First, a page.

Sep 15, 2009

Pope Benedict XVI : Saints Cyril and Methodius

Online Edition:
September 2009
Vol. XV, No. 6

Pope Benedict XVI : Saints Cyril and Methodius — Language and Transmitting the Faith

“We do not have a teacher who can explain the true faith to us in our own language”

“Every people must integrate the message revealed into its own culture and express its saving truth in its own language”, Pope Benedict XVI said in his address on Saints Cyril and Methodius at his July 17 General Audience.

The “value of language in the transmission of the Revelation” was recognized as key to the mission of these two brothers —called “Apostles to the Slavs” — Pope Benedict said.

The 9th-century missionary brothers were committed to the use of a vernacular language in the liturgy. They translated liturgy and Scripture into the Slavonic language, and developed the Slavonic alphabet. Their feast day is July 7. In 1980, Pope John Paul II proclaimed Saints Cyril and Methodius co-patrons of Europe, along with Saint Benedict.

Cyril was born in Thessalonica (b. 826 or 827) and educated in Constantinople. He and his older brother Methodius (b. ca. 815) both became monks at a monastery on Mount Olympus. (Their baptismal names were Constantine and Michael.)

In about 862, the brothers were sent on a mission to Crimea, where Cyril learned Hebrew — and found the relics of Saint Clement, which he took to Rome. Cyril and Methodius were later sent to Moravia at the request of Prince Ratislav of Moravia, who wrote: “Since our people rejected paganism they have embraced the Christian law; but we do not have a teacher who can explain the true faith to us in our own language”.

The brothers’ mission was “unusually successful”, said Pope Benedict. “By translating the liturgy into the Slavonic language the two brothers earned immense popularity”. The Holy Father continued:

However, this [popularity] gave rise to hostility among the Frankish clergy who had arrived in Moravia before the brothers and considered the territory to be under their ecclesiastical jurisdiction. In order to justify themselves, in 867, the two brothers traveled to Rome.

On the way they stopped in Venice, where they had a heated discussion with the champions of the so-called “trilingual heresy” that claimed that there were only three languages in which it was lawful to praise God: Hebrew, Greek and Latin. The two brothers obviously forcefully opposed this claim.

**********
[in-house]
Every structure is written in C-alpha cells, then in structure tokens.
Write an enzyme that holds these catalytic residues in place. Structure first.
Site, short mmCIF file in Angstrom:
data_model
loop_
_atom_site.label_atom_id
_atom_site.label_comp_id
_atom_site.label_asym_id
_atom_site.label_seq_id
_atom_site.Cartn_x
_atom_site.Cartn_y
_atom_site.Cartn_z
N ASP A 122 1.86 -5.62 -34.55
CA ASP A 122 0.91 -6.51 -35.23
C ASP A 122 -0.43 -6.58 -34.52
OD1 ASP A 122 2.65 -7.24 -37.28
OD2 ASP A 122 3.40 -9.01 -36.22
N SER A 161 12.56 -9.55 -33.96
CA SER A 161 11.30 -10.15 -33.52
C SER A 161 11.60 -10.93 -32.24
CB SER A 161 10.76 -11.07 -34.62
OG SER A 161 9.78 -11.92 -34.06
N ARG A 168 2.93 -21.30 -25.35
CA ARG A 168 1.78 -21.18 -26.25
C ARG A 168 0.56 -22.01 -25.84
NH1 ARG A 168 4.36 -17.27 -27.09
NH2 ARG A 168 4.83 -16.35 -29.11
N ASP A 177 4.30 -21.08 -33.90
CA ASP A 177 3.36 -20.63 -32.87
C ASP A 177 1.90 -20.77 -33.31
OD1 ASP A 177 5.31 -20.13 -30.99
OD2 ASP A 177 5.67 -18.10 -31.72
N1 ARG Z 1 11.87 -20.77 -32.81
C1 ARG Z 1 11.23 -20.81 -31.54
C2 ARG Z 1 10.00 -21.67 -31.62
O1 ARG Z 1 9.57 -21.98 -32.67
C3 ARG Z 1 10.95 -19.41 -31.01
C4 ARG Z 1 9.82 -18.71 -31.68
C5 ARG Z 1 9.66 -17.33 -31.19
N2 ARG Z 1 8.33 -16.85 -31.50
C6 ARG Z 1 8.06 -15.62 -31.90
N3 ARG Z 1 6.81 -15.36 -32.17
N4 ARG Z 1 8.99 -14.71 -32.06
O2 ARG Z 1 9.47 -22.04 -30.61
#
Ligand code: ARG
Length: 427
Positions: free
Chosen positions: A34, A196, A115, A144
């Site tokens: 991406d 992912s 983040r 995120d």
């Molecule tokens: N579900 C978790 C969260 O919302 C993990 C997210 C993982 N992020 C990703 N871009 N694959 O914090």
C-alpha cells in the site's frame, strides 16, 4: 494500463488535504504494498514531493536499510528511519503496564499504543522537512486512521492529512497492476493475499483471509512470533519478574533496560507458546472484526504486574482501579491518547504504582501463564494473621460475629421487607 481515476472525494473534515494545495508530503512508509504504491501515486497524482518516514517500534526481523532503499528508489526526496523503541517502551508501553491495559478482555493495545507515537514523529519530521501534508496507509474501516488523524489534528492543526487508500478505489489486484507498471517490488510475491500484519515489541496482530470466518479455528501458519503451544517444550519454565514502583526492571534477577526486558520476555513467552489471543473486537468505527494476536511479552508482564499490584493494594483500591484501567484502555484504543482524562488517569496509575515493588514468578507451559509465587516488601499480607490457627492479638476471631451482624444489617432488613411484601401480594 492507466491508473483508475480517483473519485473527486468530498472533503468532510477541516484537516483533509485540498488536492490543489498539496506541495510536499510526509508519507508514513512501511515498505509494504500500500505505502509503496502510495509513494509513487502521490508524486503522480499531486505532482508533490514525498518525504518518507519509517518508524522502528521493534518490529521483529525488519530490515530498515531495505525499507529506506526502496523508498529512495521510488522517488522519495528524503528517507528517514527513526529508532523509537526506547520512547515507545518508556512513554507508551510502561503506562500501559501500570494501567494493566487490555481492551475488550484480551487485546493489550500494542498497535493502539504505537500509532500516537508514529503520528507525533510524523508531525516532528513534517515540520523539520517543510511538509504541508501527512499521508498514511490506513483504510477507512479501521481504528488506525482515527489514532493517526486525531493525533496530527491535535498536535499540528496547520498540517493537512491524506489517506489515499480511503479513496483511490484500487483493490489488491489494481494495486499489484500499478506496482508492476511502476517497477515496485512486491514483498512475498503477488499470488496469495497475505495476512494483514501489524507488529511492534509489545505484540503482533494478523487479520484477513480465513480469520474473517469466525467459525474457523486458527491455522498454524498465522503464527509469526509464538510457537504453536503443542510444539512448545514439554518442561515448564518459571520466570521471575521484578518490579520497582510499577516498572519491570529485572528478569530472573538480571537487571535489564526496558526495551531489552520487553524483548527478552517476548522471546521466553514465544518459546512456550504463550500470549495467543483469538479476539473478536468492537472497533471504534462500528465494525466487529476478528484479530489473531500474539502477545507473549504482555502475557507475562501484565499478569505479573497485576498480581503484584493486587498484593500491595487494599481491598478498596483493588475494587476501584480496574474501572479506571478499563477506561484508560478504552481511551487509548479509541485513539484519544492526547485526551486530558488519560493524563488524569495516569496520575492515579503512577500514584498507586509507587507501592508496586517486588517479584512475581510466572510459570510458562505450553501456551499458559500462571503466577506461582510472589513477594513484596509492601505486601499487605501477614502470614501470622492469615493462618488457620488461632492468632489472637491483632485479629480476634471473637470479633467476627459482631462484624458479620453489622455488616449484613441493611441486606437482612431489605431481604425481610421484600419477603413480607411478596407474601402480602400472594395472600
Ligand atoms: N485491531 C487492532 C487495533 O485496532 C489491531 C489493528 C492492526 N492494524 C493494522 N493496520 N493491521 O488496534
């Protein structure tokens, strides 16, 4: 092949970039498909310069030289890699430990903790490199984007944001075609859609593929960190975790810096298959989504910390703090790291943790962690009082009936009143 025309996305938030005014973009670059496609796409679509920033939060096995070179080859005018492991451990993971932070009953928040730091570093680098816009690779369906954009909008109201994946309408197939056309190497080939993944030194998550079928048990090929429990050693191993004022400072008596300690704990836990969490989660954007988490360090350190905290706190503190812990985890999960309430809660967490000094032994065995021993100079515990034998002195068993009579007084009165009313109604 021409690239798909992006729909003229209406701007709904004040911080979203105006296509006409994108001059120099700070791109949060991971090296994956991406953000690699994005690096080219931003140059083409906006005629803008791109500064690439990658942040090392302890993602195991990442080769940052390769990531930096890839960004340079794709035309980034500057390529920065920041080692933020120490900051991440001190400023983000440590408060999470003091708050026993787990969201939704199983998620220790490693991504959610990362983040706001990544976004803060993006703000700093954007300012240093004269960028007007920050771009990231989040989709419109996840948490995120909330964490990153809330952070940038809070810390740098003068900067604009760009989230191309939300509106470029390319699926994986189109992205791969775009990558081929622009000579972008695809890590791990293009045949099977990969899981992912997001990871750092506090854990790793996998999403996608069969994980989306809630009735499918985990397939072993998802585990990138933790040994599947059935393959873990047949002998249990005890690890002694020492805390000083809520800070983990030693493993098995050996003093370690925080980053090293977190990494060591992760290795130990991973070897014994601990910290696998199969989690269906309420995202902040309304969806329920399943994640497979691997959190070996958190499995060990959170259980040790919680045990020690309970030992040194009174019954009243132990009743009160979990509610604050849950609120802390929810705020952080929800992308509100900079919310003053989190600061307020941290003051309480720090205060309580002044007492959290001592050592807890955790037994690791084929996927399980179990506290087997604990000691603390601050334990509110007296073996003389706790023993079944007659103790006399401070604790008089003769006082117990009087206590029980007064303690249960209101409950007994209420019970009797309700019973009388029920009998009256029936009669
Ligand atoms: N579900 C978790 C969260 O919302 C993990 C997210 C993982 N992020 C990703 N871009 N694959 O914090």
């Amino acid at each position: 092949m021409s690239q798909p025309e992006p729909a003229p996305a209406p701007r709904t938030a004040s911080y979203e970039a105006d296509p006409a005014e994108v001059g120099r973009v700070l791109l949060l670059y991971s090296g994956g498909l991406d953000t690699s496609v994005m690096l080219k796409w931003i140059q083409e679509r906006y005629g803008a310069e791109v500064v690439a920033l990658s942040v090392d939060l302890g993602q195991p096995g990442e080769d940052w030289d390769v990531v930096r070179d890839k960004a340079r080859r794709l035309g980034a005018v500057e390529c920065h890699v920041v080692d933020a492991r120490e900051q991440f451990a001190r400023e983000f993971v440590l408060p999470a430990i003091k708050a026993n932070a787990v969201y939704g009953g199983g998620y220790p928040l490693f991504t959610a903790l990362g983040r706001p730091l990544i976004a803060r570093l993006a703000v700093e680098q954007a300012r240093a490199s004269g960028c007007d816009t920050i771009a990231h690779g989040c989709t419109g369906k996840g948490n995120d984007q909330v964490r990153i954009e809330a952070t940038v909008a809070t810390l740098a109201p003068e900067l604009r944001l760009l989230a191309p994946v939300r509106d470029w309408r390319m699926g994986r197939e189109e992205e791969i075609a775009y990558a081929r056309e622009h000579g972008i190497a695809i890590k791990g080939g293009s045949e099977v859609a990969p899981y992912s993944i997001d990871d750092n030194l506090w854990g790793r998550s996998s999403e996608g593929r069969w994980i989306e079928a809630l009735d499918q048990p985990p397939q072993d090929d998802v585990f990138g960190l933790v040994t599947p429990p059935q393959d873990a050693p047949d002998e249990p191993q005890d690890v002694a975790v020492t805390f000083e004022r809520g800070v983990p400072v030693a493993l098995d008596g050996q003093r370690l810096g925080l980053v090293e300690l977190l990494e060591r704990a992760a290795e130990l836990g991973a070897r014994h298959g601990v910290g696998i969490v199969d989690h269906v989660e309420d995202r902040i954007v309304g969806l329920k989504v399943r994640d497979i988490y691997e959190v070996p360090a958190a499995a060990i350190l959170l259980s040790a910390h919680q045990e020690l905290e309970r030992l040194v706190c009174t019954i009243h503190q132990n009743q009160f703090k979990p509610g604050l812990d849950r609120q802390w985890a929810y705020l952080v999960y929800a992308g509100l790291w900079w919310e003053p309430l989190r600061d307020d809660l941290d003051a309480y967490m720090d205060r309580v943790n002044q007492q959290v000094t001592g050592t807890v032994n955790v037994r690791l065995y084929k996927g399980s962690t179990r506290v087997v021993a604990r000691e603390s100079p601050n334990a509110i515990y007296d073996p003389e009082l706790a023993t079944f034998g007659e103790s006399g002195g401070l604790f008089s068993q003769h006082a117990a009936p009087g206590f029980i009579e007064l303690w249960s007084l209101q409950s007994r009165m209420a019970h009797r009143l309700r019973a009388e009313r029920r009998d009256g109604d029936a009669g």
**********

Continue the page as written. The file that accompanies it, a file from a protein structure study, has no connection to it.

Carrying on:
In Rome Cyril and Methodius were received by Pope Adrian II…. The pope had also realized the great importance of their exceptional mission. Since the middle of the first millennium, in fact, thousands of Slavs had settled in those territories located between the two parts of the Roman Empire, the East and the West, whose relations were fraught with tension. The pope perceived that the Slav peoples would be able to serve as a bridge and thereby help to preserve the union between the Christians of both parts of the Empire. Thus he did not hesitate to approve the mission of the two brothers in Great Moravia, accepting and approving the use of the Slavonic language in the liturgy. The Slavonic Books were laid on the altar of Saint Mary of Phatmé (Saint Mary Major) and the liturgy in the Slavonic tongue was celebrated in the Basilicas of Saint Peter, Saint Andrew and Saint Paul.

Unfortunately, Cyril fell seriously ill in Rome. Feeling that his death was at hand, he wanted to consecrate himself totally to God as a monk in one of the Greek monasteries of the City (probably Santa Prassede) and took the monastic name of Cyril (his baptismal name was Constantine). He then insistently begged his brother Methodius, who in the meantime had been ordained a bishop, not to abandon their mission in Moravia and to return to the peoples there. He addressed this prayer to God: “Lord, my God … hear my prayers and keep the flock you have entrusted to me faithful…. Free them from the heresy of the three languages, gather them all in unity and make the people you have chosen agree in the true faith and confession”. He died on February 14, 869.